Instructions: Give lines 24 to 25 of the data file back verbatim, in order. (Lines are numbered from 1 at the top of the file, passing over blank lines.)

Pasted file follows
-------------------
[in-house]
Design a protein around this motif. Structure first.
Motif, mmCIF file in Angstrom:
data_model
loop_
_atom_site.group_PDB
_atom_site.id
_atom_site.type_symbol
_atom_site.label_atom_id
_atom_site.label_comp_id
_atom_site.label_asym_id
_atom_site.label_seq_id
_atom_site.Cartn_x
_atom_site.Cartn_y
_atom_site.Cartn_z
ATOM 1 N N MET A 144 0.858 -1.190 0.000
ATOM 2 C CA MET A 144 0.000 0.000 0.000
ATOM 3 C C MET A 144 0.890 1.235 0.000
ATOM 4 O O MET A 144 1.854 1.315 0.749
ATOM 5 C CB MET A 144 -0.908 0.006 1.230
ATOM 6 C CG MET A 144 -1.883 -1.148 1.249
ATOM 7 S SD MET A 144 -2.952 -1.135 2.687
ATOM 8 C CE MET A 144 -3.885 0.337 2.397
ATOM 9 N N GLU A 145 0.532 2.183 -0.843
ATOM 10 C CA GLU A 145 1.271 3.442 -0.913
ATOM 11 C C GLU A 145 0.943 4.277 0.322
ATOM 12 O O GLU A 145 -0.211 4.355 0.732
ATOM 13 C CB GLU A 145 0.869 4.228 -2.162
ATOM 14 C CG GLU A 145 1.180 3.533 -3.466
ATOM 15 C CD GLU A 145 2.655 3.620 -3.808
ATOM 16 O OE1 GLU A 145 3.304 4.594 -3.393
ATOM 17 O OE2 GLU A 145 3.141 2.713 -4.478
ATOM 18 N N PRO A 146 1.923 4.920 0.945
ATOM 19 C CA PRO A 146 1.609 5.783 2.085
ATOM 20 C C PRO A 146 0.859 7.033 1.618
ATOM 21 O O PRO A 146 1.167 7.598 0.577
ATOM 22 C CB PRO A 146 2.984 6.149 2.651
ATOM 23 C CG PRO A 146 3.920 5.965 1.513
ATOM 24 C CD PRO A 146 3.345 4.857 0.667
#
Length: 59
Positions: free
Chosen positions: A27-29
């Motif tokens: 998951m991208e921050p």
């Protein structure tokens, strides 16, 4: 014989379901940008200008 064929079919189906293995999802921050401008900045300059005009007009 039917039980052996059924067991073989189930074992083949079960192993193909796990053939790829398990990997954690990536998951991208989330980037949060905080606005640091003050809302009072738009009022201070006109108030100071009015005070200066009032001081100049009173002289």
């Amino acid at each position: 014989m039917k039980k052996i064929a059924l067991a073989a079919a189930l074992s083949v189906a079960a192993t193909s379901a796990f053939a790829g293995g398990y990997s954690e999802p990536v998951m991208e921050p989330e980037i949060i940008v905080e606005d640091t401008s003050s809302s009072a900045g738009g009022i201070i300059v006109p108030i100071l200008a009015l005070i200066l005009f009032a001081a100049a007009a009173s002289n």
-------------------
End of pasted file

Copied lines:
ATOM 9 N N GLU A 145 0.532 2.183 -0.843
ATOM 10 C CA GLU A 145 1.271 3.442 -0.913